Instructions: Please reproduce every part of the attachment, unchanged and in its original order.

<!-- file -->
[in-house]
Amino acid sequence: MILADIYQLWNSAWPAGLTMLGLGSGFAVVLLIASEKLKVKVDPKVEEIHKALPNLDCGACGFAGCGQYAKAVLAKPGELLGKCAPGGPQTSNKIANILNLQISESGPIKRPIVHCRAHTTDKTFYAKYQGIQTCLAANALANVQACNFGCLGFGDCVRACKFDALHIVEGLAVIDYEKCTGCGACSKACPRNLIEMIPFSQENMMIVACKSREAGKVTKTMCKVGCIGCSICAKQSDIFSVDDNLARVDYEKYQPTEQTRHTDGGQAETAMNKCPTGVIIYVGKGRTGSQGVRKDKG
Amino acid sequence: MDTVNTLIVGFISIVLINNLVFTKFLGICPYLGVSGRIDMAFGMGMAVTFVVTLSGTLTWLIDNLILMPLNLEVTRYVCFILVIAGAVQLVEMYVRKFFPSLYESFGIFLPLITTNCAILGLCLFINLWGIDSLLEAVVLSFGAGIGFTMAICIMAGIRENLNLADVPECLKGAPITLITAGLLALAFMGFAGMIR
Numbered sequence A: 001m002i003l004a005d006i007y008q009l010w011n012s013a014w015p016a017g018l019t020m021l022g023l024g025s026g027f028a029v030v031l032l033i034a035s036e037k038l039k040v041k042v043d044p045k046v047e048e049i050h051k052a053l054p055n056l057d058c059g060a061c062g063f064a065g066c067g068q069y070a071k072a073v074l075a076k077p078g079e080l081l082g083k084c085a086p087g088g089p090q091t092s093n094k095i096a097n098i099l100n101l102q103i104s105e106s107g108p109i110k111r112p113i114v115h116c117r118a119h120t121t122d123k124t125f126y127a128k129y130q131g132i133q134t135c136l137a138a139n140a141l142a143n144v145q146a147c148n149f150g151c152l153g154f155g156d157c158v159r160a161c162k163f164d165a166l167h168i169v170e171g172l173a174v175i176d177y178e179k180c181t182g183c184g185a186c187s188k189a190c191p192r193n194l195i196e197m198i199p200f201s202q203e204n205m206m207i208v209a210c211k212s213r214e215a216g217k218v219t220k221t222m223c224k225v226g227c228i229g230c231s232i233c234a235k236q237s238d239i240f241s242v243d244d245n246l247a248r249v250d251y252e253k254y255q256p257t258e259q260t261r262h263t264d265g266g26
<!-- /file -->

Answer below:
[in-house]
Amino acid sequence: MILADIYQLWNSAWPAGLTMLGLGSGFAVVLLIASEKLKVKVDPKVEEIHKALPNLDCGACGFAGCGQYAKAVLAKPGELLGKCAPGGPQTSNKIANILNLQISESGPIKRPIVHCRAHTTDKTFYAKYQGIQTCLAANALANVQACNFGCLGFGDCVRACKFDALHIVEGLAVIDYEKCTGCGACSKACPRNLIEMIPFSQENMMIVACKSREAGKVTKTMCKVGCIGCSICAKQSDIFSVDDNLARVDYEKYQPTEQTRHTDGGQAETAMNKCPTGVIIYVGKGRTGSQGVRKDKG
Amino acid sequence: MDTVNTLIVGFISIVLINNLVFTKFLGICPYLGVSGRIDMAFGMGMAVTFVVTLSGTLTWLIDNLILMPLNLEVTRYVCFILVIAGAVQLVEMYVRKFFPSLYESFGIFLPLITTNCAILGLCLFINLWGIDSLLEAVVLSFGAGIGFTMAICIMAGIRENLNLADVPECLKGAPITLITAGLLALAFMGFAGMIR
Numbered sequence A: 001m002i003l004a005d006i007y008q009l010w011n012s013a014w015p016a017g018l019t020m021l022g023l024g025s026g027f028a029v030v031l032l033i034a035s036e037k038l039k040v041k042v043d044p045k046v047e048e049i050h051k052a053l054p055n056l057d058c059g060a061c062g063f064a065g066c067g068q069y070a071k072a073v074l075a076k077p078g079e080l081l082g083k084c085a086p087g088g089p090q091t092s093n094k095i096a097n098i099l100n101l102q103i104s105e106s107g108p109i110k111r112p113i114v115h116c117r118a119h120t121t122d123k124t125f126y127a128k129y130q131g132i133q134t135c136l137a138a139n140a141l142a143n144v145q146a147c148n149f150g151c152l153g154f155g156d157c158v159r160a161c162k163f164d165a166l167h168i169v170e171g172l173a174v175i176d177y178e179k180c181t182g183c184g185a186c187s188k189a190c191p192r193n194l195i196e197m198i199p200f201s202q203e204n205m206m207i208v209a210c211k212s213r214e215a216g217k218v219t220k221t222m223c224k225v226g227c228i229g230c231s232i233c234a235k236q237s238d239i240f241s242v243d244d245n246l247a248r249v250d251y252e253k254y255q256p257t258e259q260t261r262h263t264d265g266g26